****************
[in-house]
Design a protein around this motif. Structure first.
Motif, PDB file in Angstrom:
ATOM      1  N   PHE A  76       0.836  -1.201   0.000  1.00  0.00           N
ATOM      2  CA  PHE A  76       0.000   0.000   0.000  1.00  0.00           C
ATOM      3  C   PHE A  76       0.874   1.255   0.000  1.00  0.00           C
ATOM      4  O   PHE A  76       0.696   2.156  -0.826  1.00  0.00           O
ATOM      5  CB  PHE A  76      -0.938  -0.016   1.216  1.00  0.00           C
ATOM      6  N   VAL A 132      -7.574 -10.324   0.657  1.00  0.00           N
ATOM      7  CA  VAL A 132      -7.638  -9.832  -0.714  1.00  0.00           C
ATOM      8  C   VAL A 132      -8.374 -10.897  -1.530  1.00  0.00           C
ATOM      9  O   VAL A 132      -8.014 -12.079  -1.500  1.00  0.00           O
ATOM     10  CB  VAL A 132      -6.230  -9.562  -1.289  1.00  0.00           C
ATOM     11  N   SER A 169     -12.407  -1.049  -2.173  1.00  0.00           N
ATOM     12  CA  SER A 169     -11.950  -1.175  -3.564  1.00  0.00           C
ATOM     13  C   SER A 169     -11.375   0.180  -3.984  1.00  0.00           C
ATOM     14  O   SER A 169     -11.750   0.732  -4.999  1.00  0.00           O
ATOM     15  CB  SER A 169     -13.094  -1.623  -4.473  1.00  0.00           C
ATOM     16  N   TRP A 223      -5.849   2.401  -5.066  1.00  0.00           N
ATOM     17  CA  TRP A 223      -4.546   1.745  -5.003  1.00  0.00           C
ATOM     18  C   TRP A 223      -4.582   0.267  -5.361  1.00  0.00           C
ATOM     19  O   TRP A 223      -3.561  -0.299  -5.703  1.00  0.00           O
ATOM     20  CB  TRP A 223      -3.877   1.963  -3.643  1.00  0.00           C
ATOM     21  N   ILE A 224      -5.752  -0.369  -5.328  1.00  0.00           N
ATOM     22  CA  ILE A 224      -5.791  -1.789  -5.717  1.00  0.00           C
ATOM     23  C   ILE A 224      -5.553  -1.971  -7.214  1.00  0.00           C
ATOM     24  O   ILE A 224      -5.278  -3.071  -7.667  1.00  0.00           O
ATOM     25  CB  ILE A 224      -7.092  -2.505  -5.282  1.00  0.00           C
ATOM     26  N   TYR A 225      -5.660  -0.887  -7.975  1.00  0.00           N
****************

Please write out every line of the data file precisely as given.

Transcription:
[in-house]
Design a protein around this motif. Structure first.
Motif, PDB file in Angstrom:
ATOM      1  N   PHE A  76       0.836  -1.201   0.000  1.00  0.00           N
ATOM      2  CA  PHE A  76       0.000   0.000   0.000  1.00  0.00           C
ATOM      3  C   PHE A  76       0.874   1.255   0.000  1.00  0.00           C
ATOM      4  O   PHE A  76       0.696   2.156  -0.826  1.00  0.00           O
ATOM      5  CB  PHE A  76      -0.938  -0.016   1.216  1.00  0.00           C
ATOM      6  N   VAL A 132      -7.574 -10.324   0.657  1.00  0.00           N
ATOM      7  CA  VAL A 132      -7.638  -9.832  -0.714  1.00  0.00           C
ATOM      8  C   VAL A 132      -8.374 -10.897  -1.530  1.00  0.00           C
ATOM      9  O   VAL A 132      -8.014 -12.079  -1.500  1.00  0.00           O
ATOM     10  CB  VAL A 132      -6.230  -9.562  -1.289  1.00  0.00           C
ATOM     11  N   SER A 169     -12.407  -1.049  -2.173  1.00  0.00           N
ATOM     12  CA  SER A 169     -11.950  -1.175  -3.564  1.00  0.00           C
ATOM     13  C   SER A 169     -11.375   0.180  -3.984  1.00  0.00           C
ATOM     14  O   SER A 169     -11.750   0.732  -4.999  1.00  0.00           O
ATOM     15  CB  SER A 169     -13.094  -1.623  -4.473  1.00  0.00           C
ATOM     16  N   TRP A 223      -5.849   2.401  -5.066  1.00  0.00           N
ATOM     17  CA  TRP A 223      -4.546   1.745  -5.003  1.00  0.00           C
ATOM     18  C   TRP A 223      -4.582   0.267  -5.361  1.00  0.00           C
ATOM     19  O   TRP A 223      -3.561  -0.299  -5.703  1.00  0.00           O
ATOM     20  CB  TRP A 223      -3.877   1.963  -3.643  1.00  0.00           C
ATOM     21  N   ILE A 224      -5.752  -0.369  -5.328  1.00  0.00           N
ATOM     22  CA  ILE A 224      -5.791  -1.789  -5.717  1.00  0.00           C
ATOM     23  C   ILE A 224      -5.553  -1.971  -7.214  1.00  0.00           C
ATOM     24  O   ILE A 224      -5.278  -3.071  -7.667  1.00  0.00           O
ATOM     25  CB  ILE A 224      -7.092  -2.505  -5.282  1.00  0.00           C
ATOM     26  N   TYR A 225      -5.660  -0.887  -7.975  1.00  0.00           N